how do enkaphalins work?
they inhibit presynatic voltage gated Ca channels to prevent release of neurotransmitters
what is the definition of pain?
unpleasant sensory and emotional experience that is associated with actual or potential tissue damage
what are pain receptors?
free nerve endings
what happens in the brain during pain?
areas of the brain receive more or less blood flow
what is nociceptive pain due to? what about neuropathic pain?
nociceptive: tissue damage
neuropathic: injury of the nervous system proper
what does nociceptive pain respond to? what about neuropathic pain?
nc: traditional analgesics
np: "adjuvant" analgesics
what are the classic signs and symptoms of nociceptive pain?
redness (rubor)
swelling (tumor)
temperature (calor)
pain (dolor)
what is the definition of sound?
sinusoidal osscillations (waves) of air compressions in an elastic medium
what is the equation for loudness?
L = 20 x log (P/Pref)
L = loudness
P = pressure
Pref = threshold of sound detection at best frequency
damage to the cochlear nucleus leads to what?
ipsilateral deafness
what frequencies does the base of the basilar membrane respond to? what about the apex of the membrane?
base: high frequencies
apex: low frequencies
what is place encoding?
frequency is encoded by the position of transduction along the basilar membrane
what kind of fluid is in the scala media? what is special about this fluid?
endolymph; extracellular solution is high in K
what kind of fluid is in the scala tympani and scala vestibuli? what does this fluid consist of?
perilymph; basically regular CSF with low levels of EC K
what are inner hair cells important for? what do they respond to?
hearing; respond to primary frequency of basilar membrane vibration
what happens when outer hair cells are lost?
loss leads to strange alterations in auditory sensitivity
which hair cells are attached to the tectorial membrane?
outer hair cells
which type of hair cells have heavier afferent innervation?
inner hair cells
what do outer hair cells do?
help recover some of the mechanical energy lost by signal dampening by the media - therefore regulating the behavior of inner hair cells and sensitivity
what does the inferior colliculus do?
helps direct your attention to sound
what is yaw?
turning head around the vertical axis like shaking the head no
what is pitch?
nodding head up and down like saying yes
what is roll?
laterally bending the head
what is the vestibulo-occular reflex?
generation of compensatory eye movements in response to head movements
what is the vestibulo-colic reflex?
maintainence of neck posture with relationship to the body despite head moving
what is the vestibulospinal reflex?
helps us maintain our posture if we start to fall over
what is the only difference between the auditory system and the vestibular system?
there are no outer hair cells in the vestibular system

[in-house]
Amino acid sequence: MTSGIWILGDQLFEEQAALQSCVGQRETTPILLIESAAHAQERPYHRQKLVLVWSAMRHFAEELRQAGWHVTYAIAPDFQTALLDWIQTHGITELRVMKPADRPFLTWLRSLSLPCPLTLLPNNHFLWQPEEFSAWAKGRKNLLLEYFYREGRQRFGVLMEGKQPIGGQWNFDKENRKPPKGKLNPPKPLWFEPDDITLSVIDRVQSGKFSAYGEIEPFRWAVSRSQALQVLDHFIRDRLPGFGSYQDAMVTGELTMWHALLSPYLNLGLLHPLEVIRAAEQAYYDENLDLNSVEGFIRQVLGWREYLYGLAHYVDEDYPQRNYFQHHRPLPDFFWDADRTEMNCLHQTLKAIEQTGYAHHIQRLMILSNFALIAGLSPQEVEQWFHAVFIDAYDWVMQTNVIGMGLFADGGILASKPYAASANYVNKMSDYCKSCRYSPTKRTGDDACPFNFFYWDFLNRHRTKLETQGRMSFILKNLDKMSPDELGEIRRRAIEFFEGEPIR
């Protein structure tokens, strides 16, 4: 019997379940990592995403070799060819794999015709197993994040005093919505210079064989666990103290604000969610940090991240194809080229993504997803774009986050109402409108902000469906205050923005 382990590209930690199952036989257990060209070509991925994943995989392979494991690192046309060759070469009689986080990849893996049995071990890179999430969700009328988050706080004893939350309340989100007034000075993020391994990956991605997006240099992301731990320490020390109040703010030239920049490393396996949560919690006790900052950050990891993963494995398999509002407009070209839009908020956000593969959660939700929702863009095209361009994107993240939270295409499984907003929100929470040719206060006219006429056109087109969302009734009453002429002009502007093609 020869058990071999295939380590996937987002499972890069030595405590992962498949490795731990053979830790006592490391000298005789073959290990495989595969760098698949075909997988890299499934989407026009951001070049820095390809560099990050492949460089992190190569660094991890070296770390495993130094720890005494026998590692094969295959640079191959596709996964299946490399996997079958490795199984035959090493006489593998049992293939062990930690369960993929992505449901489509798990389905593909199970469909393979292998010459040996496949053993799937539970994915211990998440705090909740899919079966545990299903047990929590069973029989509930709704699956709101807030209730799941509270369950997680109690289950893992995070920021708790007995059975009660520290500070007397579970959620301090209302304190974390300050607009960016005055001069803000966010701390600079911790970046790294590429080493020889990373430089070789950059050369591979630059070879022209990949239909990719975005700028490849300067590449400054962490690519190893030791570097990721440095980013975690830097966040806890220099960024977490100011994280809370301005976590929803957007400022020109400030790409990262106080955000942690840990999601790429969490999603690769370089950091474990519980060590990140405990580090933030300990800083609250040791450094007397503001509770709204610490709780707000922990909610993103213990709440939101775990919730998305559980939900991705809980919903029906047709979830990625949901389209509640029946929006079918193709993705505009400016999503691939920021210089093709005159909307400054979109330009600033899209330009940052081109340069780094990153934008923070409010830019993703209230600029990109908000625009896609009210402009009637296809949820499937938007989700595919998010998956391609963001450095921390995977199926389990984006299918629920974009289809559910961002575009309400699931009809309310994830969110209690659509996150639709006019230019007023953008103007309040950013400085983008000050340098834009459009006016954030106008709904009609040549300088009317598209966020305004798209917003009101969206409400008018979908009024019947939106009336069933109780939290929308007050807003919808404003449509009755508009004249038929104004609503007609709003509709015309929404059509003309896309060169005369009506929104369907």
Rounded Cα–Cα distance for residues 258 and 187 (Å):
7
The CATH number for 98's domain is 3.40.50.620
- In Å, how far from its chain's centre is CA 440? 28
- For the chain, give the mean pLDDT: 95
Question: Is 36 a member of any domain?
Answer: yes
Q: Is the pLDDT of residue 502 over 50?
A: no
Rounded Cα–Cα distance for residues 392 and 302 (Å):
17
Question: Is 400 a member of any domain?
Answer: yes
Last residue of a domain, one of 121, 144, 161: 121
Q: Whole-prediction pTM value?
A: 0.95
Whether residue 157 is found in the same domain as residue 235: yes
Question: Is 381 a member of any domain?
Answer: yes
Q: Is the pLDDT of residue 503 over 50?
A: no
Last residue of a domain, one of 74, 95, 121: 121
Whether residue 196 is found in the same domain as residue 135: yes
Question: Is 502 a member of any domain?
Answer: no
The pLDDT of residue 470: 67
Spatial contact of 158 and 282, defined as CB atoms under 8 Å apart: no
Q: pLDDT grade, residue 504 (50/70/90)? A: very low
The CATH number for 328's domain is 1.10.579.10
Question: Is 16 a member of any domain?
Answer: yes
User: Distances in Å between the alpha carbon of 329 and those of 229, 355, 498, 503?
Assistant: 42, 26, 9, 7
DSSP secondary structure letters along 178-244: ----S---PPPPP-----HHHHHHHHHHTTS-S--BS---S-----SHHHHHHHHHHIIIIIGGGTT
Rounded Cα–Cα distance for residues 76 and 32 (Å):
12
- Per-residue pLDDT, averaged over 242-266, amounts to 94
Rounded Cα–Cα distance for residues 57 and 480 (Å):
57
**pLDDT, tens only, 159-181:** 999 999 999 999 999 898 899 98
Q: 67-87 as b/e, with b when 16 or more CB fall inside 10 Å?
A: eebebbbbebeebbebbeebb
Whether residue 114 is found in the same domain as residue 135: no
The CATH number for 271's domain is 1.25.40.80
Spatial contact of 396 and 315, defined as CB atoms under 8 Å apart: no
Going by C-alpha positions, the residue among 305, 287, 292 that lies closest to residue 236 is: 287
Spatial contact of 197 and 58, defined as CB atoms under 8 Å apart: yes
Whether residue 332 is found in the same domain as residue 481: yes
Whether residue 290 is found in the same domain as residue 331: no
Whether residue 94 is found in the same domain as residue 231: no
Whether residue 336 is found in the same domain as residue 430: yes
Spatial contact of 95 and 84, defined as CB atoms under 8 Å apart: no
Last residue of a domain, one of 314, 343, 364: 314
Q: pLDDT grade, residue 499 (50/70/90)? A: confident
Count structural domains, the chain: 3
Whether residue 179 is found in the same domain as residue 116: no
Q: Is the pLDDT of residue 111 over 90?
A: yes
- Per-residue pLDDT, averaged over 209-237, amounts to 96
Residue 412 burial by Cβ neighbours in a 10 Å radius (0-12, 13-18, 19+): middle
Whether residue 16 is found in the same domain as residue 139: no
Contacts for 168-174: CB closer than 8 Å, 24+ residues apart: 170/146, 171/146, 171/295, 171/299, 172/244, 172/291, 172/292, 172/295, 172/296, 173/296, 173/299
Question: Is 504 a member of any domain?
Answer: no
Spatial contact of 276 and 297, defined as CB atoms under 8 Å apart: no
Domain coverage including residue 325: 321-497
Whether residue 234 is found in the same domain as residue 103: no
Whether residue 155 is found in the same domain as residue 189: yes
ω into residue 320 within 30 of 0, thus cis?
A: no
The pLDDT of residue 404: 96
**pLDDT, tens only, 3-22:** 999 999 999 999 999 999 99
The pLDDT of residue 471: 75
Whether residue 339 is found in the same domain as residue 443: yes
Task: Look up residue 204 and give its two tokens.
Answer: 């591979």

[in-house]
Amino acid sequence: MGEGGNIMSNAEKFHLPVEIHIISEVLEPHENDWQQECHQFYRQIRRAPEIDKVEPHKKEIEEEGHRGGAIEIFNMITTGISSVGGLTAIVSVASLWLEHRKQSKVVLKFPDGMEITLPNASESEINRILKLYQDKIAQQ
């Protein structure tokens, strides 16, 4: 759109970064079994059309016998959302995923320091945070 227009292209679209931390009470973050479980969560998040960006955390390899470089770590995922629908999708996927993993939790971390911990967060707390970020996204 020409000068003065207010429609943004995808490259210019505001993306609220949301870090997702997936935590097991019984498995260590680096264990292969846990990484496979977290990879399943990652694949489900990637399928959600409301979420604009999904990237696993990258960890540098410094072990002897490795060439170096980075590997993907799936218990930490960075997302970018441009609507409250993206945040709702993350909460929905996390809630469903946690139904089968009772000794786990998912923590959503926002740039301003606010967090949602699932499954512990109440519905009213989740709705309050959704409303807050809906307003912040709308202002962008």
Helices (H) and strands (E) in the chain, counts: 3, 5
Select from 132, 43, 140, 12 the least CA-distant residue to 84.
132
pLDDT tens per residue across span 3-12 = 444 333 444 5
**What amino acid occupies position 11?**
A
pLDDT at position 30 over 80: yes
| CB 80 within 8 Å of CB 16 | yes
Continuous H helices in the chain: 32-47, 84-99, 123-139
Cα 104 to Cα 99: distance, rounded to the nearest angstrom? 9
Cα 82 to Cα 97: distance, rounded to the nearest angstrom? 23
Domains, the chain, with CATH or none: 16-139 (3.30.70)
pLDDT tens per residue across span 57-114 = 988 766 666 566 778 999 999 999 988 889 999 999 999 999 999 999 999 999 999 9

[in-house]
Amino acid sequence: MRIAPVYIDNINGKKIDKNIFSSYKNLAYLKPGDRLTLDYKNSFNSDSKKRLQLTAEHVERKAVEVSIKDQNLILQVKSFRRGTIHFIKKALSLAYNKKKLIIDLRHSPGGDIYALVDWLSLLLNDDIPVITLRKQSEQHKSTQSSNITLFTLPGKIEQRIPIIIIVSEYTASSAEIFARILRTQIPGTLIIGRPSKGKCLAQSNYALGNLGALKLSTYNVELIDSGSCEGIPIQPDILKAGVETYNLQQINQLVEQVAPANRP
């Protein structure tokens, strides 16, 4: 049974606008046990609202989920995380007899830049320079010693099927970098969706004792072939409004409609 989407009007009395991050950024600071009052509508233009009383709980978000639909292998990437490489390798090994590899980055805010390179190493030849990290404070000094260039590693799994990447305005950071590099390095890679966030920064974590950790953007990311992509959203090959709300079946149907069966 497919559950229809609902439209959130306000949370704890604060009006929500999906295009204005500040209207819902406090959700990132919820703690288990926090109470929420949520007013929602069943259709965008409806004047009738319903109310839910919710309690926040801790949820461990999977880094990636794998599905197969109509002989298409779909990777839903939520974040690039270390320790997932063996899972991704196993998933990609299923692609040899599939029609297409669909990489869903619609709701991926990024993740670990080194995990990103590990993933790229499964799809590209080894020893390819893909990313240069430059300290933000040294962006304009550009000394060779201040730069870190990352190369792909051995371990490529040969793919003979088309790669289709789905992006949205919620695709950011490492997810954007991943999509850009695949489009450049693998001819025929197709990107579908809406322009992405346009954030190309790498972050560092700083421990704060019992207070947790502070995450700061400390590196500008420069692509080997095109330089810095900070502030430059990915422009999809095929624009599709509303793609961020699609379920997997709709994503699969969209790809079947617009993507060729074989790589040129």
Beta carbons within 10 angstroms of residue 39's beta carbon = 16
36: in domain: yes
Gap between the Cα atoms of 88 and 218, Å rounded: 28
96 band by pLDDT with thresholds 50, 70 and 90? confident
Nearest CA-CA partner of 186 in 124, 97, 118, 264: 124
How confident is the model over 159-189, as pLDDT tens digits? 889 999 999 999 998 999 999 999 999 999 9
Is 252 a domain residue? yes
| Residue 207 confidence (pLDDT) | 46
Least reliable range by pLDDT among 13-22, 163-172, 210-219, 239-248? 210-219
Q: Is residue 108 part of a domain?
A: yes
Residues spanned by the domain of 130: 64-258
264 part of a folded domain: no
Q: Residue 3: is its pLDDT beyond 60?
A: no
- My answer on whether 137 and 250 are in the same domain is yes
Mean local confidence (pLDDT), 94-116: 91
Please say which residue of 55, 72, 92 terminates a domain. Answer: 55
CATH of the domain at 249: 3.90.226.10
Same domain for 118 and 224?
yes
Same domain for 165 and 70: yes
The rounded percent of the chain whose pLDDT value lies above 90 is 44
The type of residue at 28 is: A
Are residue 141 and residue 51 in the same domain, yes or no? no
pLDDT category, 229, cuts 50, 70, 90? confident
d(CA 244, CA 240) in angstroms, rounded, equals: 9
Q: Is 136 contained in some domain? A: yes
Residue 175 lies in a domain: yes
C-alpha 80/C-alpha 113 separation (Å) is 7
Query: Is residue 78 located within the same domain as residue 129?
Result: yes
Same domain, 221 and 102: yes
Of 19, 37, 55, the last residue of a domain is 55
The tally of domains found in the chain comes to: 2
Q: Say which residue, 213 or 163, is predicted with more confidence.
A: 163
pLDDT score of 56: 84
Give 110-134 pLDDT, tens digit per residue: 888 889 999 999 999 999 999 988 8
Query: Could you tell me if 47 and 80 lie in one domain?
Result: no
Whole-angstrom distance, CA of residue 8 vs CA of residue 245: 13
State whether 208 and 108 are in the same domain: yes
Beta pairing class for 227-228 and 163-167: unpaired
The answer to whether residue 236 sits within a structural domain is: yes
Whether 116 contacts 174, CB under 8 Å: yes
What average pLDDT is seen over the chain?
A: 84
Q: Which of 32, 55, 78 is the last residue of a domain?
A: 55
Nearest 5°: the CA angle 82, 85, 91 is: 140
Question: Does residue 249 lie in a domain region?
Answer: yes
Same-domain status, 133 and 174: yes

what happens when the stereocilia move towards the kinocilia? what happens when they move away?
towards: depolarization
away: hyperpolarization
what are the 2 structures that detect linear acceleration?
sacculus and utricle
how are utricle hair cells partitioned? what about sacculus hair cells?
utricle: they are all pointing towards the midline
sacculus: they are all pointing away from the midline
what are the small calcium carbonate crystals in the vestibular system called?
what 2 things can activate the sacculus and utricle?
static tilt and rapid accleration without head tilt
how does your body tell the difference between head tilting and linear acceleration?
it differentiates the signal based on how long it lasts.
short signal: acceleration
long signal: tilt
how are the hair cells in the ampulla oriented?
all in the same direction
how are the horizontal SCCs oriented?
30 degrees upward of the horizontal
how are the anterior and posterior SCCs paired?
RALP: right ant left post
LARP: left ant right post
what happens to the right and left horizontal SCCs when the head is turned to the left?
the left SCC increases firing and the right SCC decreases firing
what are SCCs sensitive to? what does the firing rate of the afferent fiber correspond to?
sensitive to acceleration
firing rate corresponds to velocity
what frequencies are the vestibular system best tuned to?
what are vestibular projections in the spinal cord important for?
balance control
what are the lateral vestibulospinal tracts primarily influenced by? what are they important for?
primarily influenced by the otolith organ input
important in maintainence of posture
what are the medial vestibulospinal tract important for?
modulating head position
what are the 3 areas of cortex that vestibular signals are sent to?
face representation area of SI
area 3a
posterior parietal cortex